Google Loses Belgian 'Breach of Copyright' Case, Drops Links

A 2006 Belgian case that found Google in breach of copyright law for indexing newspaper headlines and snippets without permission is now on appeal and approaching conclusion a little over four years later.Google, the owner of the world's most-used search engine, must pay 25,000 euros ($32,500) a day until it removes all Belgian news content, […]

A 2006 Belgian case that found Google in breach of copyright law for indexing newspaper headlines and snippets without permission is now on appeal and approaching conclusion a little over four years later.

Google, the owner of the world's most-used search engine, must pay 25,000 euros ($32,500) a day until it removes all Belgian news content, the Brussels Court of First Instance ruled. There's "no exception" for Google in copyright law, the court said. The Mountain View, California-based company said it has already removed the content and will appeal the ruling.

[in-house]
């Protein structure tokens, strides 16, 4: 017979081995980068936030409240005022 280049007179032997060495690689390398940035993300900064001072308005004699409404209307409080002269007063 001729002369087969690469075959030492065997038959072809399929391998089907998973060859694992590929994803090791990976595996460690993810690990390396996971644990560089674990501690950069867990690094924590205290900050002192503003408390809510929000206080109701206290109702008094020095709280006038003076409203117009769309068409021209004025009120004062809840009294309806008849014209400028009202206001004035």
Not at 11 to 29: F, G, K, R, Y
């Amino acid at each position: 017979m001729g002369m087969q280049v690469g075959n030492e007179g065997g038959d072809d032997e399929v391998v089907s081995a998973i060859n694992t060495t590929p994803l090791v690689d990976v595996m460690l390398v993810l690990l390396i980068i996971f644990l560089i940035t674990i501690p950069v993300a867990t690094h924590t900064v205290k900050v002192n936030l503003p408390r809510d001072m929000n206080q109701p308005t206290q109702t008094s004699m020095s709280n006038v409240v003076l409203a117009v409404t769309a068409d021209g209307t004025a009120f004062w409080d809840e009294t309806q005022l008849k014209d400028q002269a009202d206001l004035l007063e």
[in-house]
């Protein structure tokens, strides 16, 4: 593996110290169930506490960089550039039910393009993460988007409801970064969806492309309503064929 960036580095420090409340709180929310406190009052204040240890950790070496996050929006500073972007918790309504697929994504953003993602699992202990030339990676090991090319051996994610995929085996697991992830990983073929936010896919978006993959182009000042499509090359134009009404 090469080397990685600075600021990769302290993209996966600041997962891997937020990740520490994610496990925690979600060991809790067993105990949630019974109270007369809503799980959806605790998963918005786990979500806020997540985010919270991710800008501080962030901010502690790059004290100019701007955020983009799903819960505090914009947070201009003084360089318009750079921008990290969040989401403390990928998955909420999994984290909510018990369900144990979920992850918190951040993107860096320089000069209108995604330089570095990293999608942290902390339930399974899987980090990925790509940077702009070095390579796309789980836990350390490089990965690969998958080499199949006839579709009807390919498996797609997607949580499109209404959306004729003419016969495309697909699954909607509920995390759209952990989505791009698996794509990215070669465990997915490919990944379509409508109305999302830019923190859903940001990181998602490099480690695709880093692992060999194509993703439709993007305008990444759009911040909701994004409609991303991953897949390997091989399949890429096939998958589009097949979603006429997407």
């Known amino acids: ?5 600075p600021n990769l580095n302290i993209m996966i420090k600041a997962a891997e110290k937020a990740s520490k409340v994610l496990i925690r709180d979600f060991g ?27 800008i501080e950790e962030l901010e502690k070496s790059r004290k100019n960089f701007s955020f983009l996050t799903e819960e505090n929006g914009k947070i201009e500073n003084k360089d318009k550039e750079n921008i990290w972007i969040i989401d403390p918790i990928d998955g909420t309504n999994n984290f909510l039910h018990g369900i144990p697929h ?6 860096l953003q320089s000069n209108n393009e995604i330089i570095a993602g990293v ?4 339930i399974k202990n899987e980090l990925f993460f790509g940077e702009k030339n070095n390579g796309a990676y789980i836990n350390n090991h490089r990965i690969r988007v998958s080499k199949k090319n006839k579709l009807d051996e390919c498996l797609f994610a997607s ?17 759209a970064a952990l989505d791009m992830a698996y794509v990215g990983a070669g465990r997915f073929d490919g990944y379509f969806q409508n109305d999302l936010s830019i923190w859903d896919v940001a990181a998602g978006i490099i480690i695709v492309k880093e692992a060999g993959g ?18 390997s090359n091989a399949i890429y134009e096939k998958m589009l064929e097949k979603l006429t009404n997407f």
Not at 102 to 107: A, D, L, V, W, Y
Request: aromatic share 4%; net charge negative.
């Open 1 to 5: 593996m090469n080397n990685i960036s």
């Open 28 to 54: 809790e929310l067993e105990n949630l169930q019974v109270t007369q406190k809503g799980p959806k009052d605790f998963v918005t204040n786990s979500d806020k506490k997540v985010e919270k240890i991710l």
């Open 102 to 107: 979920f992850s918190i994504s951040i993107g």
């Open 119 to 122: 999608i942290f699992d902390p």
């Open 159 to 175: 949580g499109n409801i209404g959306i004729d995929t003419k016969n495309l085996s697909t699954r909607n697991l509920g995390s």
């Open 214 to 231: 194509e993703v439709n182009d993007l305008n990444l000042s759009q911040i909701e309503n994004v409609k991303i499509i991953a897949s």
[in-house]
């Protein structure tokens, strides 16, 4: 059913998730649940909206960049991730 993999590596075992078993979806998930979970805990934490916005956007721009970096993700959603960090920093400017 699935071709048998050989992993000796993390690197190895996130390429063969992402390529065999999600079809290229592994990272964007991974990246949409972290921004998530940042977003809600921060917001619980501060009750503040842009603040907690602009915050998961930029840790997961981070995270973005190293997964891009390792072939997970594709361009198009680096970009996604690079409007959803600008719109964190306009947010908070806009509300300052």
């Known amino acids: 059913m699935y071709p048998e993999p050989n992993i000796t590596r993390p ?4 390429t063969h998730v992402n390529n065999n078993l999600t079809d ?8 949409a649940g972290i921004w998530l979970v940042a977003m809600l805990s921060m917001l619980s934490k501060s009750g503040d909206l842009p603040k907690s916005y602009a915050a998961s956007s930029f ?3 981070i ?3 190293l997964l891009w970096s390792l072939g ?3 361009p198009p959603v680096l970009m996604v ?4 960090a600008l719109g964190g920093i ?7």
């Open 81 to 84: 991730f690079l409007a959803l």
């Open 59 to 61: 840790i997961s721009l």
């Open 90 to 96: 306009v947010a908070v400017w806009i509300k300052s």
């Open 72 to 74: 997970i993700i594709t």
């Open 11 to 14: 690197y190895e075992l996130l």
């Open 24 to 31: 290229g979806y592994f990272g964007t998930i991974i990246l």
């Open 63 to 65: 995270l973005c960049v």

The case may restrict how Internet sites in Europe link to newspaper content. Copiepresse, a group representing French- and German-language newspapers including La Libre Belgique and Le Soir, had sued Google for copyright infringement. The journals lose advertising revenue when Google uses snippets of articles and links directly to stories, bypassing ads on their Web sites, said Bruno Vandermeulen, a Brussels-based lawyer at Bird & Bird.

"It could definitely lead to more lawsuits,'' Vandermeulen, an intellectual property specialist, said in an interview. "I can perfectly imagine that other lawsuits will be filed against other content providers, such as YouTube,'' Google's video service.

Google will have to pay an additional 1,000 euros a day to other copyright groups, including SAJ, which represents journalists, if it fails to remove their content from its sites, the court ruled.

Yoram Elkaim, a lawyer for Google, said in Brussels that the company was waiting for further clarification from the court about the fines.

[tags]brussels,judge[/tags]

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